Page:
The U.S Federal Reserve is holding rates steady at a range of 2 to 2.25 per cent at the conclusion of a two-day policy-setting meeting in Washington. This is despite the U.S. economy looking strong on every front. Unemployment is at a decade-low, wages are rising, and household and consumer spending is up. Even more, the inflation rate remains in check at two per cent. The only slight downside is that business sentiment has moderated.
In the Federal Open Market Committee (FOMC) policy statement released after the announcement, the tone only changed slightly from the last announcement in September, when the Fed raised rates. It said the central bank will take a “gradual” approach to rate hikes going forward.
Furthermore, the statement said, “Consistent with its statutory mandate, the Committee seeks to foster maximum employment and price stability. The Committee expects that further gradual increases in the target range for the federal funds rate will be consistent with sustained expansion of economic activity, strong labor market conditions, and inflation near the Committee’s symmetric 2 percent objective over the medium term. Risks to the economic outlook appear roughly balanced.”
And seeing as the midterm elections have wrapped up and a new trade deal is in place to replace NAFTA, forecasters believe rates are going higher and soon.
U.S. Federal Reserve Chairman Jerome Powell did not hold a news conference following the meeting, but this is the last time that will happen. Beginning in 2019, Chairman Powell says there will be a news conference after each Fed meeting. There are eight held every year.
Reaction to announcement
The announcement to leave rates steady came as no surprise. Some journalists remarked at how this announcement may be the proverbial calm before the storm.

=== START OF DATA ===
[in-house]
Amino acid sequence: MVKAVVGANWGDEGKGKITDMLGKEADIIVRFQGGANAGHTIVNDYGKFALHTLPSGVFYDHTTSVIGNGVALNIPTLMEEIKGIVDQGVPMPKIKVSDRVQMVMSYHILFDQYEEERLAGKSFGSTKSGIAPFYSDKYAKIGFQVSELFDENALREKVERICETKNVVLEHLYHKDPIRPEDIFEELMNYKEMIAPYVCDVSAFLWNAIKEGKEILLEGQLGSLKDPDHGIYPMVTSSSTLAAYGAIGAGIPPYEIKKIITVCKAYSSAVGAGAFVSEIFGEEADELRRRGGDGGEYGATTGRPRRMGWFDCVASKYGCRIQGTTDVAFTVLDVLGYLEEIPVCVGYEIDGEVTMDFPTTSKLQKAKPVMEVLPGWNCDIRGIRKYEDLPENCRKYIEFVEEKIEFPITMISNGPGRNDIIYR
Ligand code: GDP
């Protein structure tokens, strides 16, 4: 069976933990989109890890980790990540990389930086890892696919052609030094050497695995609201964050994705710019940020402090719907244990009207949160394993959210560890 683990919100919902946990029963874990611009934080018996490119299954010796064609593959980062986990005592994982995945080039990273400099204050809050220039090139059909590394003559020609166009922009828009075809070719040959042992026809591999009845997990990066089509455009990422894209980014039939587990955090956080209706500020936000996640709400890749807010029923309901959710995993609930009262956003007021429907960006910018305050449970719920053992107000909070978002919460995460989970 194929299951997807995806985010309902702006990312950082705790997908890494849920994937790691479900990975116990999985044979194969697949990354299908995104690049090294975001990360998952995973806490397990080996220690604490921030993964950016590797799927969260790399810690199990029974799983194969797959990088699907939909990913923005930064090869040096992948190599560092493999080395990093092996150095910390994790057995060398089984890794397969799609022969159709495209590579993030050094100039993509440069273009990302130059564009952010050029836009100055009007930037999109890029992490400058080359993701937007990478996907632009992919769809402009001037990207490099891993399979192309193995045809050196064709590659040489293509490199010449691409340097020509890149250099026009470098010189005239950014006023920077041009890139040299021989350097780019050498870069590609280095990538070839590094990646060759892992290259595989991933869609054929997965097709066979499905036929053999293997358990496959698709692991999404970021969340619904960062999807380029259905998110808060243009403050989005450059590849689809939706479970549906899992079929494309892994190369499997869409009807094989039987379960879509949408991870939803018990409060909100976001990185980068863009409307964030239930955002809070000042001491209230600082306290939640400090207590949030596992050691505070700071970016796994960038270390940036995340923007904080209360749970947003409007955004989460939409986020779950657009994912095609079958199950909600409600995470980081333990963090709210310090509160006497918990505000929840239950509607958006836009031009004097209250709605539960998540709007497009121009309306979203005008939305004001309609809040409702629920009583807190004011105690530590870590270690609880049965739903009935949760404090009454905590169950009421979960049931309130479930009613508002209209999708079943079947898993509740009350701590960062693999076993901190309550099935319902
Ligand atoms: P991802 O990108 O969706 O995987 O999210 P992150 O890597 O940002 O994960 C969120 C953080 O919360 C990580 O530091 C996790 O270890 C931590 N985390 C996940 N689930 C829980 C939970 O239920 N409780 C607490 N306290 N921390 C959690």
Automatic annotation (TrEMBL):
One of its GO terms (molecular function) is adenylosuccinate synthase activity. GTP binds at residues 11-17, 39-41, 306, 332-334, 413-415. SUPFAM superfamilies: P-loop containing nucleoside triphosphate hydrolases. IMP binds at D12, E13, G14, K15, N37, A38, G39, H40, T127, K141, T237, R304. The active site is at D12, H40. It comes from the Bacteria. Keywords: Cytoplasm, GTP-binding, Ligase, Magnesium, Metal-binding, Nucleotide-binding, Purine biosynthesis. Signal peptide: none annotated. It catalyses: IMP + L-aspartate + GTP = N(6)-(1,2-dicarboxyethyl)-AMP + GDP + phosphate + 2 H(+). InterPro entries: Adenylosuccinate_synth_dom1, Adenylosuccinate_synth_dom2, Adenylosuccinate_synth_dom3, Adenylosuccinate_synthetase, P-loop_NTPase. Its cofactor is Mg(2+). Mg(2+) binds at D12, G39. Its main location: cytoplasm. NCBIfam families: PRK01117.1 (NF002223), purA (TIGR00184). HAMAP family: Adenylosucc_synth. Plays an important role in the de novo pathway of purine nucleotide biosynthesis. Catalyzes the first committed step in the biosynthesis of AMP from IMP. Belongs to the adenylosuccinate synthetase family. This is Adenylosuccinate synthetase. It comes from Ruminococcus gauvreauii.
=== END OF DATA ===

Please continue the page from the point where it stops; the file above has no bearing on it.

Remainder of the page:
We’ll literally never have a Fed meeting this boring again. https://t.co/VCmMO4SqXw
— Jeanna Smialek (@jeannasmialek) November 8, 2018
Here in Canada, economists reacted with little surprise. Leslie Preston is the Senior Economist at TD Bank. In her analysis she said, “I can’t see the difference. Can you see the difference? The changes in today’s FOMC’s statement versus September were quite minor. Basically reflecting another quarter of GDP data, and that today they left rates steady, and in September they hiked. This was about as ‘stay-the-course’ rate decision as they come.”
She also mentioned that treasury yields were up slightly after, with market participants perhaps expecting some acknowledgement of recent financial market volatility. Preston said she expects three more hikes in 2019.
BMO Deputy Chief Economist & Head of U.S. Economics Michael J. Gregory made his opinion clear in his note to journalists and industry experts after the announcement: “Bottom line: For the fourth December in a row, the Fed is going to raise rates.”
If the U.S. central bank raises rates soon, the Bank of Canada will feel more pressure to raise rates as well to ultimately align with U.S. policy. The BoC recently hiked its benchmark interest rate by 25 basis points to 1.75 per cent, and like the U.S., Canada’s economy is doing well, signalling more rates hikes to come in 2019. Forecasters predict at least three in the new year.
The next Fed announcement is scheduled for December 19.
The next Bank of Canada announcement is on December 5.